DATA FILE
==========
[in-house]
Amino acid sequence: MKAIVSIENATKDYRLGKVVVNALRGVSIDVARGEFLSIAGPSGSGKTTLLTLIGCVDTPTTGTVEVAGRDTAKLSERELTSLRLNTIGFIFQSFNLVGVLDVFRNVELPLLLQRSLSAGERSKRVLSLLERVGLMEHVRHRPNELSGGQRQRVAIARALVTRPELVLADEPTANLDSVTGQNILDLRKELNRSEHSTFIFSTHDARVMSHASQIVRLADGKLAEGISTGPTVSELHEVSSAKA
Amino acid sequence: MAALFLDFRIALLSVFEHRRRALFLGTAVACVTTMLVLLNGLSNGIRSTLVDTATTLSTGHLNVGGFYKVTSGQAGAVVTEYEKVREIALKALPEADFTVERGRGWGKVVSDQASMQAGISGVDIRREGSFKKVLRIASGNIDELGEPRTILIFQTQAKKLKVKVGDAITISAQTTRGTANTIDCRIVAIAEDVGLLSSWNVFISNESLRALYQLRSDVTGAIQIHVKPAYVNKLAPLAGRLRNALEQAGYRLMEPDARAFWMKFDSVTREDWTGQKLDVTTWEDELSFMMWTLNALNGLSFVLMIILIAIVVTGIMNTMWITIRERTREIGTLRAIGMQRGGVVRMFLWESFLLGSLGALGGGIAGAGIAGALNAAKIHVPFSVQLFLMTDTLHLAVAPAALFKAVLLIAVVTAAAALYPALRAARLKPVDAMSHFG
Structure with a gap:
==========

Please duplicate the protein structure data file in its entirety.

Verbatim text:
[in-house]
Amino acid sequence: MKAIVSIENATKDYRLGKVVVNALRGVSIDVARGEFLSIAGPSGSGKTTLLTLIGCVDTPTTGTVEVAGRDTAKLSERELTSLRLNTIGFIFQSFNLVGVLDVFRNVELPLLLQRSLSAGERSKRVLSLLERVGLMEHVRHRPNELSGGQRQRVAIARALVTRPELVLADEPTANLDSVTGQNILDLRKELNRSEHSTFIFSTHDARVMSHASQIVRLADGKLAEGISTGPTVSELHEVSSAKA
Amino acid sequence: MAALFLDFRIALLSVFEHRRRALFLGTAVACVTTMLVLLNGLSNGIRSTLVDTATTLSTGHLNVGGFYKVTSGQAGAVVTEYEKVREIALKALPEADFTVERGRGWGKVVSDQASMQAGISGVDIRREGSFKKVLRIASGNIDELGEPRTILIFQTQAKKLKVKVGDAITISAQTTRGTANTIDCRIVAIAEDVGLLSSWNVFISNESLRALYQLRSDVTGAIQIHVKPAYVNKLAPLAGRLRNALEQAGYRLMEPDARAFWMKFDSVTREDWTGQKLDVTTWEDELSFMMWTLNALNGLSFVLMIILIAIVVTGIMNTMWITIRERTREIGTLRAIGMQRGGVVRMFLWESFLLGSLGALGGGIAGAGIAGALNAAKIHVPFSVQLFLMTDTLHLAVAPAALFKAVLLIAVVTAAAALYPALRAARLKPVDAMSHFG
Structure with a gap: